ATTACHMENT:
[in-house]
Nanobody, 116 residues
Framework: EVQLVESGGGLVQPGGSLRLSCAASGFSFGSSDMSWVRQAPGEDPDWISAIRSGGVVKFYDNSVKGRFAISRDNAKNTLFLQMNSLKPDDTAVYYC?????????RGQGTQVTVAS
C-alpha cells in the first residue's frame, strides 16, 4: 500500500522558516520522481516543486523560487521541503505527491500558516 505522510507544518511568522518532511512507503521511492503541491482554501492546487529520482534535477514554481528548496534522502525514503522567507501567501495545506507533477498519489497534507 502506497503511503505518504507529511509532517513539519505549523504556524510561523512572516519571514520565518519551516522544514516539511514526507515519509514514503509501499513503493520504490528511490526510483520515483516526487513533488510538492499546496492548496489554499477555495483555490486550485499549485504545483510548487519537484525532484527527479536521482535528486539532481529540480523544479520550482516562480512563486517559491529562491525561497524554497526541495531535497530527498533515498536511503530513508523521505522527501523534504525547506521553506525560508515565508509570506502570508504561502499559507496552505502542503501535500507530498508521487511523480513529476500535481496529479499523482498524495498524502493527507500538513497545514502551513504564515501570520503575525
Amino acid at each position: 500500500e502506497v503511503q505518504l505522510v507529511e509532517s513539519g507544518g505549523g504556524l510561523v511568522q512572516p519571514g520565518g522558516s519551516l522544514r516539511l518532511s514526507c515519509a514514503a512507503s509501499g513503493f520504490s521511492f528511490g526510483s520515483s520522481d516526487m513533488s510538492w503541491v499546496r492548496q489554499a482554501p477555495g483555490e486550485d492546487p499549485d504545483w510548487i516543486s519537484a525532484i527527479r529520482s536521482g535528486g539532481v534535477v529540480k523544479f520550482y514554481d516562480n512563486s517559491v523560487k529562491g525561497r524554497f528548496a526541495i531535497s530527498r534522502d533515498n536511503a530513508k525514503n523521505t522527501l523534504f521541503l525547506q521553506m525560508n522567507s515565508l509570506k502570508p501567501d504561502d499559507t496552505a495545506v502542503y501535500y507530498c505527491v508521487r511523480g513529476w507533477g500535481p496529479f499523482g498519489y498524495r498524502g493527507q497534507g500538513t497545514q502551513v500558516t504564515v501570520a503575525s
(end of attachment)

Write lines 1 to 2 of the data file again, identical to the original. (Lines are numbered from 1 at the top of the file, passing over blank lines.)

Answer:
[in-house]
Nanobody, 116 residues